On our last night we buy large bottles of cheap Chilean wine. Carlos, before having to leave, serenades us all with his guitar and I promise to catch him in Patagonia. Equipped with more wine, we lead the majority of the hostel into an increasingly raucous game of ‘Would You Rather?’ I remember few specific examples, except – to give you a general idea – would you rather bite off your mother’s right thumb or kill one of your pets?

Not without a small pain pressing behind my eyes the next morning, Laurel, Caroline and I pack up, finding a bus for the short three hour journey to Santiago, sad to say goodbye to that beautiful spot.

It’s been a while since I’ve been in what I would term a ‘proper’ city. And by this definition I suppose I mean a city similar to London, with vastness and bustle and an underground system. La Paz was too bewildering and beyond my scope of normality to qualify. Medellin certainly had some of the aspects. But it was probably as far back as San Francisco or LA that the criteria for this specific kind of city were met. I always say when I’m travelling – it’s strange what you miss. And this was it: Santiago, thronged with people, filled with their chatter and the music of street performers. I felt myself relax immediately as I soaked in the familiar, longed-for energy of a big city.


We’re only here for a few days, Caroline and I both due to fly on Saturday, her back home to New Zealand and me further south into Chilean Patagonia. We’re staying at the Insolent Princess Hostel, which we choose almost entirely for its excellent name. We spend most of the time walking around, tracking down some of the city’s best markets, Caroline keen to stock up on souvenirs and last-minute Christmas presents.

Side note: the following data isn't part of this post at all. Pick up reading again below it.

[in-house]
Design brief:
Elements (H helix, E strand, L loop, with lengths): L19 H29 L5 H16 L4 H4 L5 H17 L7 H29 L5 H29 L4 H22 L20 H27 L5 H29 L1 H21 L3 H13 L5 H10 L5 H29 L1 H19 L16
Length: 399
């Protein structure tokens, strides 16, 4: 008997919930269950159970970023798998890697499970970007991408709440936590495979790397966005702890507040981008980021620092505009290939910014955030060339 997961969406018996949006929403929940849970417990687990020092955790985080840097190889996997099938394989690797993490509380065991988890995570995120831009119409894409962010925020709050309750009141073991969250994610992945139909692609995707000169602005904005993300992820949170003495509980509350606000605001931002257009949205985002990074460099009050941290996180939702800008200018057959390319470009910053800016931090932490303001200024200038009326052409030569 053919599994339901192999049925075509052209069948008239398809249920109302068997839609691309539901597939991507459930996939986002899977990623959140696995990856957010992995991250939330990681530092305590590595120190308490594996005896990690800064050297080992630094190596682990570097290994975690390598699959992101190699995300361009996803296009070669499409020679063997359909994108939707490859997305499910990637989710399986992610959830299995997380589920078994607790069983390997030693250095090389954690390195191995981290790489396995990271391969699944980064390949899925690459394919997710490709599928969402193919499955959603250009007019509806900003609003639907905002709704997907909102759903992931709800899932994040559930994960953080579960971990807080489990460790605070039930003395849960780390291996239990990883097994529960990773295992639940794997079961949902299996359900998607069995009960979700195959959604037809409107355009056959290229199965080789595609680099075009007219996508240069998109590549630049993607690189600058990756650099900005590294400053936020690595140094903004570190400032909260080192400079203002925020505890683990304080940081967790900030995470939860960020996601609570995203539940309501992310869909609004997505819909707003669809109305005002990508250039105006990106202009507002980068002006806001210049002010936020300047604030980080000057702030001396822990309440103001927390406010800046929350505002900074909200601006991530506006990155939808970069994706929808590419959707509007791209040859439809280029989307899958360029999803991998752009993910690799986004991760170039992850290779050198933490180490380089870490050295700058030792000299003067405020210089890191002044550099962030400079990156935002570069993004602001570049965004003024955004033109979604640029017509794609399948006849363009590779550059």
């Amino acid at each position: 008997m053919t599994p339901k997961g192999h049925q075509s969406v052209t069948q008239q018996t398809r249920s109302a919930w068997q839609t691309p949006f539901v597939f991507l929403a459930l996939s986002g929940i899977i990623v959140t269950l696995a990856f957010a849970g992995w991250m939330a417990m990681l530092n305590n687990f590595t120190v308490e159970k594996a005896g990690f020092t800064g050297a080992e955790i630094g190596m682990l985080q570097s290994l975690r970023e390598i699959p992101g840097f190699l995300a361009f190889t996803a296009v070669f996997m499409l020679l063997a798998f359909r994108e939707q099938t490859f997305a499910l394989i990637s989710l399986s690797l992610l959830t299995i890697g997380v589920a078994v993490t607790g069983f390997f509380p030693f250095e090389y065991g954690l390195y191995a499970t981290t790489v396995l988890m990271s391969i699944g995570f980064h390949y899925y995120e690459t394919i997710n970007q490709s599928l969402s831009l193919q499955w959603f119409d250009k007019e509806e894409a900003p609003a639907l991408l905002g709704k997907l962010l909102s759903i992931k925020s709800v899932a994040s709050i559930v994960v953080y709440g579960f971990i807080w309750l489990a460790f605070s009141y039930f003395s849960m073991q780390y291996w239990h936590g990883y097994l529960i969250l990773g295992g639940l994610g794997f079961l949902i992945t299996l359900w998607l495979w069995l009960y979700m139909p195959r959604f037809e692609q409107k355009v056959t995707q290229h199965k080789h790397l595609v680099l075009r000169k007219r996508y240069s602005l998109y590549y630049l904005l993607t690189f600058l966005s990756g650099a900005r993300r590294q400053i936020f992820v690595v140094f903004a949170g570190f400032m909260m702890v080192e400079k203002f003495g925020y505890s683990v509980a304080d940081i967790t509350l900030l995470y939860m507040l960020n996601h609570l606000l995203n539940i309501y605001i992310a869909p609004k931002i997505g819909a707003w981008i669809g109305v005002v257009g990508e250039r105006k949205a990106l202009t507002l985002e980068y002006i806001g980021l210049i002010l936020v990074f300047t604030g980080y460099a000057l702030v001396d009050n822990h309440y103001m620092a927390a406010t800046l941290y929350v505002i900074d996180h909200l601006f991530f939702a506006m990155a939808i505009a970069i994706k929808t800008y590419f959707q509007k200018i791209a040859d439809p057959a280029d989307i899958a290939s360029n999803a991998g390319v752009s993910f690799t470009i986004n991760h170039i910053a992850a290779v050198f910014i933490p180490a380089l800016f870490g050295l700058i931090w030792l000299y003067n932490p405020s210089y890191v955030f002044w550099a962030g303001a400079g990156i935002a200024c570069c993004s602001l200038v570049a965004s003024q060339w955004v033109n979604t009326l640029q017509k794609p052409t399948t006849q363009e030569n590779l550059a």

We also indulge another Chilean tradition here by tasting the sickly, high-strength cocktail known as a terremoto – an earthquake. We meet a group of Brazilians in our hostel on our final night in the city, sharing several jugs of this between us, those after the first known as replicas – aftershocks. The world does certainly seem to quake a little around me after having many large glasses of the stuff. I wander upstairs at one point, leaving all my things – including most of my valuables – on the table where I was sitting. I wake up a few hours later in bed, fully clothed, and wander a little bewildered back down to the now silent bar. None of my belongings remain. Caroline laughs at me the following morning when returning everything to me. “You just disappeared!” she says.


We find a final market that morning, before Caroline and I part ways for the final time, in what’s a particularly emotional goodbye. I’m a little teary-eyed as I wander to the metro station. But, I reassure myself, we’ll see each other again. In Mongolia, perhaps.

My final afternoon in Santiago is spent wandering through the enthralling Museum of Memory and Human Rights, detailing the long and cruel dictatorship that took over the country between 1973 and 1999 and its many victims.

My head full of the history I’ve just absorbed, I head back to the hostel and on to the airport, waving Laurel goodbye too. It’s time for another change. I’m set for the southernmost regions of the continent, for mountains, glaciers, ravished landscapes and a temperature drop of at least 15 degrees. And Christmas, of course.